Dr. Davis was always on the lookout for potential. Most of the students had little money and came from families with little money. Everyone had duties at the school. There was no tuition at that time, but only room and board so the work they did offset the other bills. Ruth’s job was in the kitchen. The school would help find you other jobs on the campus to help you pay your bill. It would be in the kitchen that she would meet her future husband, but I will tell you about a little later.

Ruth’s room was on the third floor of the Old Main Building. Room 216 to be precise and her roommate was Jeanette Herman Selleck. Ruth and Jeanette remained close friends for all their years. “She went to be with the Lord a few years ago. Her oldest daughter is named Ruth and mine is Jeanette. Ruth mentioned that she had another roommate during her time that was on Student’s League of Many of Nations. She was hardly ever around because of League, but when she was there they had a great time together. She would die at a early age even before graduation Ruth recalled.

Ruth did not remember the death of Charles Davis on Sunday, November 22, 1931. She recalls Charles being at the basketball games. He was good coach for the men’s team. The girl’s basketball team that Ruth was on was coached by Dorothy Gardner. Ruth wrote of her basketball memories:

I had never even seen a basketball game before PBTS, but I was anxious to be included in everything I could. The girls team only had a few games –mostly with church teams. Our outfits consisted of borrowed men’s white shirts and bloomers. We even won sometimes.

Ruth remembers a bus trip into Central New York to play one of the church teams and the fun that they had. During the Depression it was a privilege to be able to travel. It was her favorite basketball memory. Yet, tensions were beginning to happen during the end of her freshman year that the students were unaware of.

Between her freshman and junior year at PBTS the school would split creating Baptist Bible Seminary. Ruth wrote of this event:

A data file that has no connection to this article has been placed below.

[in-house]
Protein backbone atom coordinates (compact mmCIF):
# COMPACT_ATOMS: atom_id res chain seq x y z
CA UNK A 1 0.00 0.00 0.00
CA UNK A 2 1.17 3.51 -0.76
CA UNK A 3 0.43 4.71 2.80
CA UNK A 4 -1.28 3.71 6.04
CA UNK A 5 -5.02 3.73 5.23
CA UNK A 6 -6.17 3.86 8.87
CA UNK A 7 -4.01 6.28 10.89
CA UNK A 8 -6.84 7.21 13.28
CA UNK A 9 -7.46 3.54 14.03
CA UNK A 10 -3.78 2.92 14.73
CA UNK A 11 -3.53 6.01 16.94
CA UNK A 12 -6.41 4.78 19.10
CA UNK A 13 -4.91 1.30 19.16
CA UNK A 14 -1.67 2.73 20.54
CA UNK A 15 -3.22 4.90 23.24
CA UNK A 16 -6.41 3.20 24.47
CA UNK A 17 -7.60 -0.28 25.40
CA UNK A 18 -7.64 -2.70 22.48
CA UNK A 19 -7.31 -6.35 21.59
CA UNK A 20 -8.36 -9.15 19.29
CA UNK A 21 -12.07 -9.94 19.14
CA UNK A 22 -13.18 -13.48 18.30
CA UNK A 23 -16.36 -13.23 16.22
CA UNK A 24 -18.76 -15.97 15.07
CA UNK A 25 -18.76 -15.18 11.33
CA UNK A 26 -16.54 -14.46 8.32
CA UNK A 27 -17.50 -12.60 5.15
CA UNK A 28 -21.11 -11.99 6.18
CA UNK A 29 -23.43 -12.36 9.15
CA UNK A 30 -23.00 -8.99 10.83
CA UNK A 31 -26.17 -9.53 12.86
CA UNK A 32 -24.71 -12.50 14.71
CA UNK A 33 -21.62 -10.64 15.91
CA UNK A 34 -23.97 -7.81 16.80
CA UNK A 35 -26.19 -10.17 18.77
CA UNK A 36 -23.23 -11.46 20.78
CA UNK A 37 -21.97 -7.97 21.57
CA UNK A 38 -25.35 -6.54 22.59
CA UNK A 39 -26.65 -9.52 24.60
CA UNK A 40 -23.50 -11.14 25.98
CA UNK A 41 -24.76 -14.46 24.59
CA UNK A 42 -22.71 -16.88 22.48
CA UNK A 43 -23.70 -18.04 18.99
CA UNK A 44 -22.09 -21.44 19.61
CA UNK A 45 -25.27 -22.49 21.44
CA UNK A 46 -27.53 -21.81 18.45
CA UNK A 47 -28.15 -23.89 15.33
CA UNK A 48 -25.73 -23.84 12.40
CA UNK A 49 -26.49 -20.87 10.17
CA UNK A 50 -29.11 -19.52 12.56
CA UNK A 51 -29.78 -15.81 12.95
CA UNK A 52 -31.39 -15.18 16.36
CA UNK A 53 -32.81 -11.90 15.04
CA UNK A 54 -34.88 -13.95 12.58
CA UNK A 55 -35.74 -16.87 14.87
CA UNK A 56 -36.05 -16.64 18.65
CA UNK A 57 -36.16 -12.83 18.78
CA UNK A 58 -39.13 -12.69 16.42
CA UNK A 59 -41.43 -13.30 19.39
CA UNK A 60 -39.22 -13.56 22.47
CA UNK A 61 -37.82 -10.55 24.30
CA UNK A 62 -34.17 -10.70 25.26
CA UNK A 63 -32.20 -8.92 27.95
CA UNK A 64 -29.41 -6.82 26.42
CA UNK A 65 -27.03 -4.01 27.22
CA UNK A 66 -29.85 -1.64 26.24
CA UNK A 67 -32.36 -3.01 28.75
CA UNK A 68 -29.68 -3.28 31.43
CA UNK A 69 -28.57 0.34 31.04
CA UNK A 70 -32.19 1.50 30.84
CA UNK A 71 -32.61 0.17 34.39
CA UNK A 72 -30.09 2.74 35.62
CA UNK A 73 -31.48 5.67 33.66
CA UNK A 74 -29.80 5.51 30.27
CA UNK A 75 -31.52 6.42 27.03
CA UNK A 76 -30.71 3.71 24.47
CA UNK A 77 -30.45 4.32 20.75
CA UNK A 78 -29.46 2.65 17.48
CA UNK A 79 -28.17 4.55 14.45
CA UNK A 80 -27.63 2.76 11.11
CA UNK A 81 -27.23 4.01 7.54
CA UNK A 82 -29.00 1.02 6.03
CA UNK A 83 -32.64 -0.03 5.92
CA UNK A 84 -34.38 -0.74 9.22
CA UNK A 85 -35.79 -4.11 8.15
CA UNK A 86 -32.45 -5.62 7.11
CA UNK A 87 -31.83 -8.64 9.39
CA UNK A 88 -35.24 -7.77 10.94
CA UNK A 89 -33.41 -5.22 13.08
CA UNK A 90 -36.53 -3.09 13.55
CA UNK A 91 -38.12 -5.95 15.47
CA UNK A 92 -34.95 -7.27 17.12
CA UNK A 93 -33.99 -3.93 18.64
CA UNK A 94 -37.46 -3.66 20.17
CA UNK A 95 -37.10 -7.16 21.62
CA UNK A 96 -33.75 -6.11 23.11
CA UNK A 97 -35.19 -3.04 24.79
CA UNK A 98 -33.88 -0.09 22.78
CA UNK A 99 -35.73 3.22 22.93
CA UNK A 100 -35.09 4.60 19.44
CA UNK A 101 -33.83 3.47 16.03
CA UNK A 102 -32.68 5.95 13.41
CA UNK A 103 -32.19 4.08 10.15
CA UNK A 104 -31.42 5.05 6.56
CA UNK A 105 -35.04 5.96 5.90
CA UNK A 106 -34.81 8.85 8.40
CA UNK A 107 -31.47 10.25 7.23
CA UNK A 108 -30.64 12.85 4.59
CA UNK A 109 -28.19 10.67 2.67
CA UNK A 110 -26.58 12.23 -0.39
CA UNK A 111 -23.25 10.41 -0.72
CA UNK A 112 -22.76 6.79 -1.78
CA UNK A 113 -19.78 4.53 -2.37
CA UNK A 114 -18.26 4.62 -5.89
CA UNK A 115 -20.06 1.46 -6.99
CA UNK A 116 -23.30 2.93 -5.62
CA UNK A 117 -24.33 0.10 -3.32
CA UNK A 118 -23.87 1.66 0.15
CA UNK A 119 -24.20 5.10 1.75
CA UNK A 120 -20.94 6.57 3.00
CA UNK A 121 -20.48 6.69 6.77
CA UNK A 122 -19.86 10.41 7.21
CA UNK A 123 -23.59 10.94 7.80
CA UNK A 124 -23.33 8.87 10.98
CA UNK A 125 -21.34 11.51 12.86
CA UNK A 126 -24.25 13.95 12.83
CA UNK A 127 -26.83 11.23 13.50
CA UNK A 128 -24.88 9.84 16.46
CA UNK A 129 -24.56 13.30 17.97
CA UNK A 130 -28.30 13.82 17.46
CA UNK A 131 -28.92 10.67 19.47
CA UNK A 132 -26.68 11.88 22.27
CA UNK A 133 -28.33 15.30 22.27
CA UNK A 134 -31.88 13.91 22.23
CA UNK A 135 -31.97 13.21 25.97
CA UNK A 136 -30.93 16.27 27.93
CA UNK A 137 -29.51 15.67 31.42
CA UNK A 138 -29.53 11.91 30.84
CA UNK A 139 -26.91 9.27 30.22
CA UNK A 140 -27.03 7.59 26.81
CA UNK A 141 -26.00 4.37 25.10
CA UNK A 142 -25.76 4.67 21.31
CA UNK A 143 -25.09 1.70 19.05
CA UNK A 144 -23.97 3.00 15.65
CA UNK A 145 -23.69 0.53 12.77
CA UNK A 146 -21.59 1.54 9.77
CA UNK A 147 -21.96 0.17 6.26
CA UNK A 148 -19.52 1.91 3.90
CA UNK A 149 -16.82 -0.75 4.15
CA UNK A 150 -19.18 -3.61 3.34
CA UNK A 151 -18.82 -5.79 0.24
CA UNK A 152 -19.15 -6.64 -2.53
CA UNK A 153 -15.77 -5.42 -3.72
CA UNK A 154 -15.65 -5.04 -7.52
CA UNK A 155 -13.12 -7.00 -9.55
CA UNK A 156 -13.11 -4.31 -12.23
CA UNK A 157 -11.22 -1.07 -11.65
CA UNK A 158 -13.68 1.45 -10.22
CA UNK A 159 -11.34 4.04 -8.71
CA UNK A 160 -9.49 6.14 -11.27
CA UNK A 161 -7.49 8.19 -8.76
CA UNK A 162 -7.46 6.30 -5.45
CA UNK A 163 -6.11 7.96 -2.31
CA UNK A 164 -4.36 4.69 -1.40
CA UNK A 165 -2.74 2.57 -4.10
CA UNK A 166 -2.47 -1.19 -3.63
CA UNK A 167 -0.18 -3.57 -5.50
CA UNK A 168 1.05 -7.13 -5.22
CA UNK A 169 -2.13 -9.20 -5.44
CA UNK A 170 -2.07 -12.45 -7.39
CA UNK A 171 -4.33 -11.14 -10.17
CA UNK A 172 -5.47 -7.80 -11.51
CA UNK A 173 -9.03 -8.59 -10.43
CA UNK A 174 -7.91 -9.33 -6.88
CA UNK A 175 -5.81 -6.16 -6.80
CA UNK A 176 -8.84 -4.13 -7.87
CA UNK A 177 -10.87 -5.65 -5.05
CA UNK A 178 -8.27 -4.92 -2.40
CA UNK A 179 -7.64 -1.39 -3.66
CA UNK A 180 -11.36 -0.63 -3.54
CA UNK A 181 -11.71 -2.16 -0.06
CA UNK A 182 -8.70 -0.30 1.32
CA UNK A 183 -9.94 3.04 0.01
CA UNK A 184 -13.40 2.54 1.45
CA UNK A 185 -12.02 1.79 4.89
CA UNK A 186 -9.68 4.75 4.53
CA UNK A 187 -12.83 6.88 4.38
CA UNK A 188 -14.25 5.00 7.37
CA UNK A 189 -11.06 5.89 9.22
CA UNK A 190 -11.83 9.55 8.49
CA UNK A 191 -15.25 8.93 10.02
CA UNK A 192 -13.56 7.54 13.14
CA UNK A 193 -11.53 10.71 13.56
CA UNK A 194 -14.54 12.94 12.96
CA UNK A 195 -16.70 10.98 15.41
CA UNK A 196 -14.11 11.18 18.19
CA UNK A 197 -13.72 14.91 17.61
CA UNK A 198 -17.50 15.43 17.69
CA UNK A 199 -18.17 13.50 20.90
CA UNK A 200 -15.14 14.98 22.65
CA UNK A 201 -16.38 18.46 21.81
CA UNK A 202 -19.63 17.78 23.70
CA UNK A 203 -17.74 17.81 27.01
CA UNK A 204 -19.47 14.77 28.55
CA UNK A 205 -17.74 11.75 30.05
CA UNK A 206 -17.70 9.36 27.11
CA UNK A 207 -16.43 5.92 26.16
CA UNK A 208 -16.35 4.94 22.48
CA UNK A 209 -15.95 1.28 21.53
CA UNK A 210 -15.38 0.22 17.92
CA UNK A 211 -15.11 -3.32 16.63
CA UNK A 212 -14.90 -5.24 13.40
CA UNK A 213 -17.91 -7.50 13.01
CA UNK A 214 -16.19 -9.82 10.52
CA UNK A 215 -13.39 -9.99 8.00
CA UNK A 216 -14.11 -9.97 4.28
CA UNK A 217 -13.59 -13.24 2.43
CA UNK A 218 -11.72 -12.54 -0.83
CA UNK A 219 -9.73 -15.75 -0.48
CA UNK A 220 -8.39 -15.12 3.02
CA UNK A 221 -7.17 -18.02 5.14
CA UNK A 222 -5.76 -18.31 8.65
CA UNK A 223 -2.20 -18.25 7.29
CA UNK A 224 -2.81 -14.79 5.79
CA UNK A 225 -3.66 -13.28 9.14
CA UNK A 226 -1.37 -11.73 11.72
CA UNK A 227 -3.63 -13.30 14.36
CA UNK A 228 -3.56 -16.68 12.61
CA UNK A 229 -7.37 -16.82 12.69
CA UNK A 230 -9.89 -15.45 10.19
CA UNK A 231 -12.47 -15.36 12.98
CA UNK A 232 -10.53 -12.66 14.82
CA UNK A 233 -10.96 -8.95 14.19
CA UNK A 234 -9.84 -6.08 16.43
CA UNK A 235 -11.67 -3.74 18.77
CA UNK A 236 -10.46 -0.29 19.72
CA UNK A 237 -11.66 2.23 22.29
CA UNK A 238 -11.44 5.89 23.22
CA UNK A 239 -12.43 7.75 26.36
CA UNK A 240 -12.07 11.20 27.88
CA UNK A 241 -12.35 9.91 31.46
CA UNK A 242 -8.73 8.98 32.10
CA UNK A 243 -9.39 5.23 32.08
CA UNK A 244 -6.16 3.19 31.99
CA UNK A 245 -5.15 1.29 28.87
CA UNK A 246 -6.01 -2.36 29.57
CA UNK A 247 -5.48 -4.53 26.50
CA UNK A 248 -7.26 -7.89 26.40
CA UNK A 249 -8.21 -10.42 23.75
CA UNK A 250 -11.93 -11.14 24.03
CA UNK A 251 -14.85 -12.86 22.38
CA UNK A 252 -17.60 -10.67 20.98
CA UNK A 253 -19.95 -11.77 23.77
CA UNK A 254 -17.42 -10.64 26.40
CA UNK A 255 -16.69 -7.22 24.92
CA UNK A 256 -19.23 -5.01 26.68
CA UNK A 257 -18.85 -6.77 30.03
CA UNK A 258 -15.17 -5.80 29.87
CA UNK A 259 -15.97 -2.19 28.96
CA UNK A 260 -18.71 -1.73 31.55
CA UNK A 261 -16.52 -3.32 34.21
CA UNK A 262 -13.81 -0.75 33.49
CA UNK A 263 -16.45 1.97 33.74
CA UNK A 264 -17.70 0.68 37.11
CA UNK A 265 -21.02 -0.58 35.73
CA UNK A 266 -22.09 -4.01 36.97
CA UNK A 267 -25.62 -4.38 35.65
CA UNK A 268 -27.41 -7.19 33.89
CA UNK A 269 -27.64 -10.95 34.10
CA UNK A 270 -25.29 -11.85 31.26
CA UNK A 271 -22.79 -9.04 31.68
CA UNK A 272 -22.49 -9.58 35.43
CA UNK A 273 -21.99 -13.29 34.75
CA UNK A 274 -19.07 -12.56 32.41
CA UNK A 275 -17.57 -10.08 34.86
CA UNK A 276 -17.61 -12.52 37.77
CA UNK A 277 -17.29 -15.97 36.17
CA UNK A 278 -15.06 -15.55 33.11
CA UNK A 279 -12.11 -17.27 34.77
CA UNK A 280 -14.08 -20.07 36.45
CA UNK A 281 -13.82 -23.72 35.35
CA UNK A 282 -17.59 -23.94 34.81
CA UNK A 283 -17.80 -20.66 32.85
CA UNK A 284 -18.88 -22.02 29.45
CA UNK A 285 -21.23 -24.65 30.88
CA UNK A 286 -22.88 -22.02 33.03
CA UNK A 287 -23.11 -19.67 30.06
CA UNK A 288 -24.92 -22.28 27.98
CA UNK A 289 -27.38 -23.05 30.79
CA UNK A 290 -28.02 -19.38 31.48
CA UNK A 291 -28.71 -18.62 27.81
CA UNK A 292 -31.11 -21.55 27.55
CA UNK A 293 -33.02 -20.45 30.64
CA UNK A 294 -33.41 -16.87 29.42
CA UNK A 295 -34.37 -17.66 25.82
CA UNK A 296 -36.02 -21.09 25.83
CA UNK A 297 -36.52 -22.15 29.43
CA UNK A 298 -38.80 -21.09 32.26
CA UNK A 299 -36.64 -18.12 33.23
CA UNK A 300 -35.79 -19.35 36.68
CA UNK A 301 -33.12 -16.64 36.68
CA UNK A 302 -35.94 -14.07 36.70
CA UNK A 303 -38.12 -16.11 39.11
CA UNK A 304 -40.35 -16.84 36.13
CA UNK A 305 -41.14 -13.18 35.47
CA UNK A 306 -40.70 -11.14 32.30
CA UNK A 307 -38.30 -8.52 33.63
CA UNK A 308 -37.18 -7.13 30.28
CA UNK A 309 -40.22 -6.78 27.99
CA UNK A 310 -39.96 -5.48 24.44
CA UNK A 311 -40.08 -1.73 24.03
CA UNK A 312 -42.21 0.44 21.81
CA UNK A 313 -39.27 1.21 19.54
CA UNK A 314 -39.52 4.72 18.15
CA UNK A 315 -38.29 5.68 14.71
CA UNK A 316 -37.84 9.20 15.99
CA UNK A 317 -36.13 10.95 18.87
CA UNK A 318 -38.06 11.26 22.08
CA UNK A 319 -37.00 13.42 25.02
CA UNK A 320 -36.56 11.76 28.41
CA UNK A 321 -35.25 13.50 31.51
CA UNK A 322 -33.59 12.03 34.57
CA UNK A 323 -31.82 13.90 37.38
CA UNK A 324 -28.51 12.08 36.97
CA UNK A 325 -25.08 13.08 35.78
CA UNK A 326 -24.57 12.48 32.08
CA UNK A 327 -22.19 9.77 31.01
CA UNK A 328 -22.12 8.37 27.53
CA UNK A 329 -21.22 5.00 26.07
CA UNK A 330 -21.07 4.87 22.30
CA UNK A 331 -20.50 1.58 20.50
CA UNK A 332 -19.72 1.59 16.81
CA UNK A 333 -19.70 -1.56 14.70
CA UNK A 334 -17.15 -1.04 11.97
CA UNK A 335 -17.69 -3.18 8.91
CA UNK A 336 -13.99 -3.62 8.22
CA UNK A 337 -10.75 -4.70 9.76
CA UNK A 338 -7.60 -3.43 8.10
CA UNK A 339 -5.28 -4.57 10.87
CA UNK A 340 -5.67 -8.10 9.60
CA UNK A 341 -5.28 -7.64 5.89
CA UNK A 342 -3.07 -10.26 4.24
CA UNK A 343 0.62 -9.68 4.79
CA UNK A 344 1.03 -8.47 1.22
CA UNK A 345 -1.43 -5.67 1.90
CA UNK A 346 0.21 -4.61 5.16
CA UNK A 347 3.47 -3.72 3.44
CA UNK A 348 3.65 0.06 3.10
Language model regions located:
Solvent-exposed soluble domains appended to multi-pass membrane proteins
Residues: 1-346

The summer of 1932 I spent as a waitress at a fisherman’s lodge near my home. I had very little contact with students or the school. I did not hear of the difficulty until I returned. I had no decision to make. I was already there ready to start. Looking back on the situation now I can even see God’s hand in the division. I have always felt that Dr. Davis conducted himself well and was not guilty of infractions.

However, without the split there would never have been Baptist Bible Seminary –and it has been a great blessing to many people.

She thinks that the whole event had blown up during the summer after the students had gone home for break. Charges were thrown around and there was much conversation throughout the student body when the school year resumed.

It was after the split of the school and lack of teachers that Dr. Lowe came on staff fulltime. He had been making trips from his church to teach for a few days then return for the weekend. After the split he moved up and lived on campus to teach fulltime. He was Ruth’s favorite and from what I can tell many other Alumni called him their favorite. Ruth wrote that “he had such a great way of using illustrations that I still remember.”